UAE leads Middle East for gender equality in the workplace – survey

Offices in the emirates are the most gender-mixed in the region, according to Bayt.com



The UAE leads the Middle East when it comes to gender equality in the workplace and the ease of finding work for women, according to a new survey.

UAE job site Bayt.com said three in four women that responded to its survey in the emirates believed they got their job offers based on experience and qualifications regardless of gender.

A further eight in 10 UAE respondents said women in the country had reached the same level of workplace equality as those in western countries.

In the wider Middle East and North Africa, 75 per cent of respondents to the survey said there was a mix of men and women in the same workplace, although 74 per cent had a male manager.

The gender mix rose to 84 per cent in the UAE, where 73 per cent of women said they were comfortable working in a mixed gender environment and 54 per cent said they were extremely comfortable.

The remainder were neutral (23 per cent) or uncomfortable (3 per cent).

Seven in 10 UAE respondents said they worked almost equal hours to their male colleagues, while 6 per cent said they worked less hours, 16 per cent said they worked more and 8 per cent didn’t provide an answer.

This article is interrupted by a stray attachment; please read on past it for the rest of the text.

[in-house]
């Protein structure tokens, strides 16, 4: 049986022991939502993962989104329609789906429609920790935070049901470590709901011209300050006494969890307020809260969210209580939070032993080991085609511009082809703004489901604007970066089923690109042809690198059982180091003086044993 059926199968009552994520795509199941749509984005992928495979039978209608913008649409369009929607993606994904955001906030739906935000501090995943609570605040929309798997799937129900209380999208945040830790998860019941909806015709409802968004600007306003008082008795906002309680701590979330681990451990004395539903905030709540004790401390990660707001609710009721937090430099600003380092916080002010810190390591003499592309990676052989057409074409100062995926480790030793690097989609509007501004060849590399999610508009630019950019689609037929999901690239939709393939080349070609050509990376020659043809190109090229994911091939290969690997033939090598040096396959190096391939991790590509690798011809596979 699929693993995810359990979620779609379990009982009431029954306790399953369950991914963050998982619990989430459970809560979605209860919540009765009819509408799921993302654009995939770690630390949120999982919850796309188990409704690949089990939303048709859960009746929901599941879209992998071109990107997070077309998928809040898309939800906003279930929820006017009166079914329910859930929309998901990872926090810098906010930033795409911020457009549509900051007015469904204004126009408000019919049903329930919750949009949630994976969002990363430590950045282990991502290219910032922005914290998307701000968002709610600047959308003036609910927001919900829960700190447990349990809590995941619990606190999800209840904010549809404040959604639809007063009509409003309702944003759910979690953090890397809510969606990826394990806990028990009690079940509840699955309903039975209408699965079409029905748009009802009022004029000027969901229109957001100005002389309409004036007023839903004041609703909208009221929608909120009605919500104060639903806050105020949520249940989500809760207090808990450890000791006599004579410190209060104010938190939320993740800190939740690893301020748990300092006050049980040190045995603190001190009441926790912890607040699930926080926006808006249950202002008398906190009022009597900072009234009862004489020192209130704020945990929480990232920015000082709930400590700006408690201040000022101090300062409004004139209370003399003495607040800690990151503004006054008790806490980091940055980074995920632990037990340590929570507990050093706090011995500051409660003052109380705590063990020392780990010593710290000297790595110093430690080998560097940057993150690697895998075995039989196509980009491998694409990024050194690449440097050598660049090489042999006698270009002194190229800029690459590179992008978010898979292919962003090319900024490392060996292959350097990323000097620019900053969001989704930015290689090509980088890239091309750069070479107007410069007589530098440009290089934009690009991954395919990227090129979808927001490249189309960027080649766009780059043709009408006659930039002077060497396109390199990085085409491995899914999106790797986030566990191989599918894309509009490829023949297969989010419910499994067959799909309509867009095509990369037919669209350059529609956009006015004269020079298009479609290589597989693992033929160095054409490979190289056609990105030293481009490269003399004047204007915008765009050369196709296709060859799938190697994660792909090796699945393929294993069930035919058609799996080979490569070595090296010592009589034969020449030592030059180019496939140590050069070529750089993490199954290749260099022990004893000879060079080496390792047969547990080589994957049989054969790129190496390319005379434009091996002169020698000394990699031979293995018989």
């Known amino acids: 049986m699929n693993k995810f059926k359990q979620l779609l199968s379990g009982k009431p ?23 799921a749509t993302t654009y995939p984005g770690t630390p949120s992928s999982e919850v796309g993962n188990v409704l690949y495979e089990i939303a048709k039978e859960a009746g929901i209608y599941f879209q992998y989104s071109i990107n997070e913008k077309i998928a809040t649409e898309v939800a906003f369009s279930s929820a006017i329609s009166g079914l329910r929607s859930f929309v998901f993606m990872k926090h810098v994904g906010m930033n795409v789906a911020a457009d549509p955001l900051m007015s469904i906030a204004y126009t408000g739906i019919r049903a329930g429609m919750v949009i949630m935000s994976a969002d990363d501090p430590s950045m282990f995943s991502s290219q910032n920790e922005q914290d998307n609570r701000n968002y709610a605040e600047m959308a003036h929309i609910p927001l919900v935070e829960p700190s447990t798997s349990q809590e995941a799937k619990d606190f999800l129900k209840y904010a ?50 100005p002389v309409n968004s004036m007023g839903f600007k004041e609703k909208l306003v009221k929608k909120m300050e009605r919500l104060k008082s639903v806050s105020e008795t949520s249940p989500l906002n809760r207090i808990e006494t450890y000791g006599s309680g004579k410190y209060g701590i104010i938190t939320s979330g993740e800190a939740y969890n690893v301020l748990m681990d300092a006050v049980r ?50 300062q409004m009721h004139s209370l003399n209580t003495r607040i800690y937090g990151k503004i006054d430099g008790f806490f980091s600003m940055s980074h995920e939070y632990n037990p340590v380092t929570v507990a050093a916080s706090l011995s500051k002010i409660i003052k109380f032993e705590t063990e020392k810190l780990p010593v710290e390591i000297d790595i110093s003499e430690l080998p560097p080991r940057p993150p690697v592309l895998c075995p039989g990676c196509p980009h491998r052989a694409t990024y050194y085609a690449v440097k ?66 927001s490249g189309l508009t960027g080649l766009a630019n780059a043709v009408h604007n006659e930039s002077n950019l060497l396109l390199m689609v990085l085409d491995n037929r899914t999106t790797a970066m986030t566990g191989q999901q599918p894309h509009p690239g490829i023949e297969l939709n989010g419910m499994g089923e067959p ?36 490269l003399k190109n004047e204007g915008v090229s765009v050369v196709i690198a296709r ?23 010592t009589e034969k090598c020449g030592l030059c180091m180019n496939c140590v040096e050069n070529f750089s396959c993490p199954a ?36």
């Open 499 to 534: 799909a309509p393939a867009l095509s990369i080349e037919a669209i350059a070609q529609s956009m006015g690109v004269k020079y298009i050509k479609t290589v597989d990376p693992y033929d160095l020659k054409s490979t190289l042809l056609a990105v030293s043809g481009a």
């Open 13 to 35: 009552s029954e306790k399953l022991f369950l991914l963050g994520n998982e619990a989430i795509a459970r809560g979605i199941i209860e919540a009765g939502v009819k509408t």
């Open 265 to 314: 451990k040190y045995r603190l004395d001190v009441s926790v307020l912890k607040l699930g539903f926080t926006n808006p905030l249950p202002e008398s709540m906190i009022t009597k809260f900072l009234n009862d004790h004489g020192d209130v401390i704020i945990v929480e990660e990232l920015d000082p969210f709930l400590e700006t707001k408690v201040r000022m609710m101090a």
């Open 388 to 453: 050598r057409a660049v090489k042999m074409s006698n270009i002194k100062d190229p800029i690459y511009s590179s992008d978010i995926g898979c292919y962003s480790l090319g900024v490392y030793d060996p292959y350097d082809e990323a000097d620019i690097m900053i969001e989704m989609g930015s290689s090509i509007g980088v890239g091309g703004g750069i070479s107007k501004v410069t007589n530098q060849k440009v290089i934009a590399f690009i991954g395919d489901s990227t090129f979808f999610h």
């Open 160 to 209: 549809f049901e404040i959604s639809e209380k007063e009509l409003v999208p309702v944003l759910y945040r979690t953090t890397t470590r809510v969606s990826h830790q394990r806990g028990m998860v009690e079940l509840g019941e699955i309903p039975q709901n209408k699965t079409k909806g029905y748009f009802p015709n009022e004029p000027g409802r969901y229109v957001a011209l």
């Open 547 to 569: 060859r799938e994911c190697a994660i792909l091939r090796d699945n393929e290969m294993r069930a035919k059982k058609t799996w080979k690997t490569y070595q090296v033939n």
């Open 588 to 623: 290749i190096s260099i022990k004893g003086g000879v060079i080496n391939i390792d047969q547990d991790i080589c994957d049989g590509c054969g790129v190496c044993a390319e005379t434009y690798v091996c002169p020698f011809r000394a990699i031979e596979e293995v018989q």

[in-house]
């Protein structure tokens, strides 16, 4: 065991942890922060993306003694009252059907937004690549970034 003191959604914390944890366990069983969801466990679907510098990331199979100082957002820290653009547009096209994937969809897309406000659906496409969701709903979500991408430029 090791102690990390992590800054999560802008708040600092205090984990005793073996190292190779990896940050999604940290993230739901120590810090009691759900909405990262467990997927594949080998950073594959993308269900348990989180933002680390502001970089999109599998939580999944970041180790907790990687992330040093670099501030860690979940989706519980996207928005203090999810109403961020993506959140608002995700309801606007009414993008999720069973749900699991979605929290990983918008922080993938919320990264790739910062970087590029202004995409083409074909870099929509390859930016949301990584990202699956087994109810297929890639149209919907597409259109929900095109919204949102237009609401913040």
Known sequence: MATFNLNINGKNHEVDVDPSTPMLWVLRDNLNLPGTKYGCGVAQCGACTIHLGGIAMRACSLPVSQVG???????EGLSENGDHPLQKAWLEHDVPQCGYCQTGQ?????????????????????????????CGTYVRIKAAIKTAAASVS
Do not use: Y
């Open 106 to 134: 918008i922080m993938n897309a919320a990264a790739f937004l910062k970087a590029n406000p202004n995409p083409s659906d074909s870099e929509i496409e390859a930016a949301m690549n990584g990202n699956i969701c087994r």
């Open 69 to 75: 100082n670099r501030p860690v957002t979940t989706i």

Across MENA, women cited less opportunity for promotion as their challenge (44 per cent), followed by a stressful working environment (37 per cent) and insufficient training (30 per cent).

Despite this, 68 per cent women in the region said they were treated equally to men in terms of work hours and training and development, while 60 per cent said the same was true for advice and support, 56 per cent for recruitment and 55 per cent for benefits.

Women in the region said having a successful career was their key driver for happiness (49 per cent), ahead of good health (42 per cent), travel (36 per cent), spending time with their families (34 per cent) and making money (29 per cent).

However, 52 per cent believed their future marriage plans would affect their career choices and 54 per cent said their decision to have children had affected their career.

Four in 10 respondents said they received paid maternity leave and 69 per cent said their company gave them at least one month of official maternity leave, 5 per cent said their maternity leave was less than a month, 9 per cent said there was no official policy and 19 per cent didn’t know the policy.

The survey was conducted by YouGov between October 26 and November 26 and had 4,053 female respondents.